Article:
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AWS Summit Liveblog: RightScale - Hybrid IT Design

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Usual Liveblog disclaimer: typing this as I go in the session, please excuse typos and formatting issues

Title: Hybrid IT - Steps to Building a Successful Model - presented by RightScale
Presenter: Brian Adler, Sr. Services Architect, RightScale & Ryan Geyer, Cloud Solutions Engineer

Brian is services, this won't be a product pitch ;)

RightScale is a CMP (Cloud Management Platform) - provides configuration management, an automation engine, as well as governance controls and does both public and on-premise clouds (I think the word private cloud must be on the naughty list at the show, all pitches do NOT use the dirty "p word")

RightScale allows management & automation across cloud resource pools

basic overview of terminology and where we have come in IaaS to Cloud Computing today

On-Premise Key Considerations

1. Workload and Infrastructure Interaction - what are the resource needs? Does this make sense in the cloud and which size instance would be best?  Instance type is very important
2. Compliance - data may be contained on-prem for compliance
3. Latency - does the consumer require low latency for a good user experience
4. Cost - the faster it has to go (latency) the more expensive it will be in the cloud
5. Cost - What is the CAPEX vs. OPEX and does it make sense

Use Cases

1. Self-Service IT Portal (The IT Vending Machine) - Users select from fixed menu, for example, pre-configured and isolated test/dev

Demo Time - Showing off an example of a portal using the RightScale API's, basically push a big button, enter a few options, let it spin up an an environment, in this example they provisioned five servers and a php environment in a few minutes

2. Scalable Applications with Uncertain Demand - This is the typical web scale use case, fail or succeed very fast in the public cloud. "See if it stucks", once it sticks, maybe pull it in house if cost reduction can be achieved when the application is at steady state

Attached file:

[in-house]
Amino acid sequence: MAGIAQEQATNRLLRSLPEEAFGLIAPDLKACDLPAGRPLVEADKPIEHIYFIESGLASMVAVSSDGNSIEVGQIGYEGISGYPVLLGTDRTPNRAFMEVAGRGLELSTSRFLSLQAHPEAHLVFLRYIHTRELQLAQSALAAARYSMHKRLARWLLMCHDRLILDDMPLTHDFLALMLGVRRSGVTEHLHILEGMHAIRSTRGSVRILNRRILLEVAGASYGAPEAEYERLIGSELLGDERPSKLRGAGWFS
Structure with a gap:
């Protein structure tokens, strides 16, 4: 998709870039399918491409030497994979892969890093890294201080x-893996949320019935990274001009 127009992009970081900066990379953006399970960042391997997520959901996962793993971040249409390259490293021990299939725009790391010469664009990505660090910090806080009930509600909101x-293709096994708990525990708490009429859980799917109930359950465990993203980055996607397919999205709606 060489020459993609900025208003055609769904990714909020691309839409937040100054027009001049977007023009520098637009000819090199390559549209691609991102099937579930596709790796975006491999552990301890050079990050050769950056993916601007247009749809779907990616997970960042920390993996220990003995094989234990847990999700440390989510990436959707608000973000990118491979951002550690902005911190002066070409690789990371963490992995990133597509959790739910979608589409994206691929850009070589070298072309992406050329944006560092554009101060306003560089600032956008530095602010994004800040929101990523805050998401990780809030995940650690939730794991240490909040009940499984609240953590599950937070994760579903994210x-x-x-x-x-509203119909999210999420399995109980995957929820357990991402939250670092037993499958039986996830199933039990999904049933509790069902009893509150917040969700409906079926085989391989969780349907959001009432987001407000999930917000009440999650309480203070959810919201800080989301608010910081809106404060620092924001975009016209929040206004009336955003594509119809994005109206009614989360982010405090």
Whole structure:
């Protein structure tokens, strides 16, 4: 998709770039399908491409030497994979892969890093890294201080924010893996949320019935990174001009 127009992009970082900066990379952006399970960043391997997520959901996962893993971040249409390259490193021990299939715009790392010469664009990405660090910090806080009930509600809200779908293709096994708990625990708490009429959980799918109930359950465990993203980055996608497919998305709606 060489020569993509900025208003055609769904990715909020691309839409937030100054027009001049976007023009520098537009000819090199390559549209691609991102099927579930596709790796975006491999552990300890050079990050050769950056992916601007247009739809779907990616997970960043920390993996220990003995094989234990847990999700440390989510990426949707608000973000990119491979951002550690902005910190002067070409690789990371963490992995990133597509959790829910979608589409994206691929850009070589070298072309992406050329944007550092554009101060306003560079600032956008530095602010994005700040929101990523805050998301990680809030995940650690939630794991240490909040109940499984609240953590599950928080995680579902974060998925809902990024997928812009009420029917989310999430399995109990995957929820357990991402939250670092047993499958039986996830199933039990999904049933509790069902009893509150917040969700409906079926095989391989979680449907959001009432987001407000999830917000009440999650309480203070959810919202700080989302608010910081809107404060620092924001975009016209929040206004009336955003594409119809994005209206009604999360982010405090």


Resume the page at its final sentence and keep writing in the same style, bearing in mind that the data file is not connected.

3. Disaster Recovery - Production is typically on-premise and DR environment is in the cloud, this is often considered a "warm DR" scenario - replication in real time database from production to DR, all other servers are "down".  You then spin up the other servers and the DB is already up and running, then flip the DNS entries over when DR is up and running.  You can achieve an great RTO & RPO in this example.  You can also do this from on AWS region to another.

Demo Time - Showing RightScale Dashboard with a web app demo + DR.  Demo had 2 databases, master and slave replicating and in different regions (side discussions about WAN optimization and encryption here as well), Production in the example was in US-East AWS and DR was US-West AWS.  The front end of the app was down in West.  When you launch the West DR site, it will go and configure everything and automated as part of the server template.  All DR happens just by turning up the front end in West

Design Considerations
Location of Physical Hardware- again speed vs. latency vs. location

Availability and Redundancy Configuration - This can be easy to hard depending on your needs

Workloads, Workloads, Workloads - Does the application require HA of the infrastructure? Will it tolerate an interruption? Can it go down?  Will users be impacted?

Hardware Considerations - Do you need specialty? commodity?

(Sorry, he had others listed, I zoned out for a slide or two..)

On to Hybrid IT - Most customers start out wanting "cloud bursting" but most often an application is used in one location or the other.  Check out the slide for the reasons.

Common practice is a workload is all on-premise or public. Burting isn't a common use case.  If they do use bursting, they set up a VPC between private and public to maintain a connection.
Demo Time - What would a hybrid bursting scenario look like in the RightScale dashboard?  Customer has a local cloud that is VPC connected to AWS.  Load Balancers, one is private, one is in AWS.  They are using Apache running on top of a virtual machine to maintain compatibility between private and public.  DNS is using Route 53 (AWS DNS).  RightScale uses the concept on an Array.  As RightScale monitors the performance, additional instances are fired up and "bursted" or scaled out to AWS above and beyond the local already running resources.
You do not need the same LB's on the front end like the example above.  For example could be in a local CloudStack/OpenStack environment with a hardware firewall in front but also include AWS and AWS ELB in the rules as well
Take Away - It is very possible to use both public and private and there isn't a need for a "one size fits all approach"
Great session, probably the best session of the day so far for me today.

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Published at DZone with permission of Aaron Delp, DZone MVB. See the original article here.

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